T.S. Eliot poem hand set by Virginia Woolf fetches £4,500 at auction.
August 29, 2013 § Leave a comment
A rare UK first edition of T.S. Eliot’s poem The Waste Land, hand-set by Virginia Woolf– who “had difficulty with the typography” – has been bought at auction by the University of St Andrews for £4,500 after being donated to Oxfam.
Woolf put out 460 copies of the poem in 1923 through Hogarth Press, the publisher that she and her husband Leonard had created to publish her writing.
“Eliot was part of the Bloomsbury circle – he and Woolf were friends and contemporaries. Woolf had difficulty with the typography because of the way Eliot would write, the rhythm and space used in his poems, and she had a bit of trouble getting the typeface right. In the end, Eliot was quoted as saying he was very happy with it. It’s generally considered a success by Hogarth.”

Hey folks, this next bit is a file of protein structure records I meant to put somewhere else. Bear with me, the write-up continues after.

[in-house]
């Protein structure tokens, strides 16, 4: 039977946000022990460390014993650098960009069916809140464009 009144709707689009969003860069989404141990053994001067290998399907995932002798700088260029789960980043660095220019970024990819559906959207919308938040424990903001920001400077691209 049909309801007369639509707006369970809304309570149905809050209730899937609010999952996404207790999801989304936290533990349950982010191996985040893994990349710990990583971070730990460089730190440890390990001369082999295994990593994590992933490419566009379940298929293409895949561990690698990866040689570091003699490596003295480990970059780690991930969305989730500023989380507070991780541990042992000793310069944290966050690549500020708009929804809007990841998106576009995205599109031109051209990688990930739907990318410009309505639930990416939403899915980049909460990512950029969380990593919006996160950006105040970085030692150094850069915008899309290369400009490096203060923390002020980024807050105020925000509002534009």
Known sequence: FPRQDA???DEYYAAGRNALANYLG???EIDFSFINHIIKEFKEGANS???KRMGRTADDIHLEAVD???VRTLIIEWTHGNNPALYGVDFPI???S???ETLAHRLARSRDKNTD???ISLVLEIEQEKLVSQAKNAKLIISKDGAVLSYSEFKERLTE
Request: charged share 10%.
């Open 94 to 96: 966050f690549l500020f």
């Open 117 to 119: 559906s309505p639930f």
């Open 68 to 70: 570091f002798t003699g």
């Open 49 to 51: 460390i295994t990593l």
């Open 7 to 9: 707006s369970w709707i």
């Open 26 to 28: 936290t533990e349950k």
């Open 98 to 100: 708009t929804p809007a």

She added that the “tactile nature” of the book and Woolf’s close association added to the “uniqueness” of the publication. The price fetched at auction was above the £2,000 to £3,000 expected.
Oxfam holds an annual sale of rare books; this year’s lot included first editions of Tolkien’s Lord of the Rings trilogy, an edition of Coleridge’s The Rime of the Ancient Mariner, and a 20-volume set of the works of Joseph Conrad, one of 780 signed by the author, which “did not get as much as expected”. Last year’s auction included a first edition of Samuel Beckett’s debut novel Murphy that went for £12,000.
John MacColl, University of St Andrews director of library services, said “handling a rare first edition with such strong literary associations takes the reader back into the world in which the poem was written. The Waste Land represented a new moment in English poetry, which this wonderful purchase helps to recreate for the reader.”
Eliot, whose work includes Four Quartets, The Love Song of J Alfred Prufrock, and Old Possum’s Book of Practical Cats, received an honorary degree from St Andrews in 1953.
The T.S. Eliot estate described the auction of The Waste Land as “an almost perfect story”, one “whereby everybody wins”.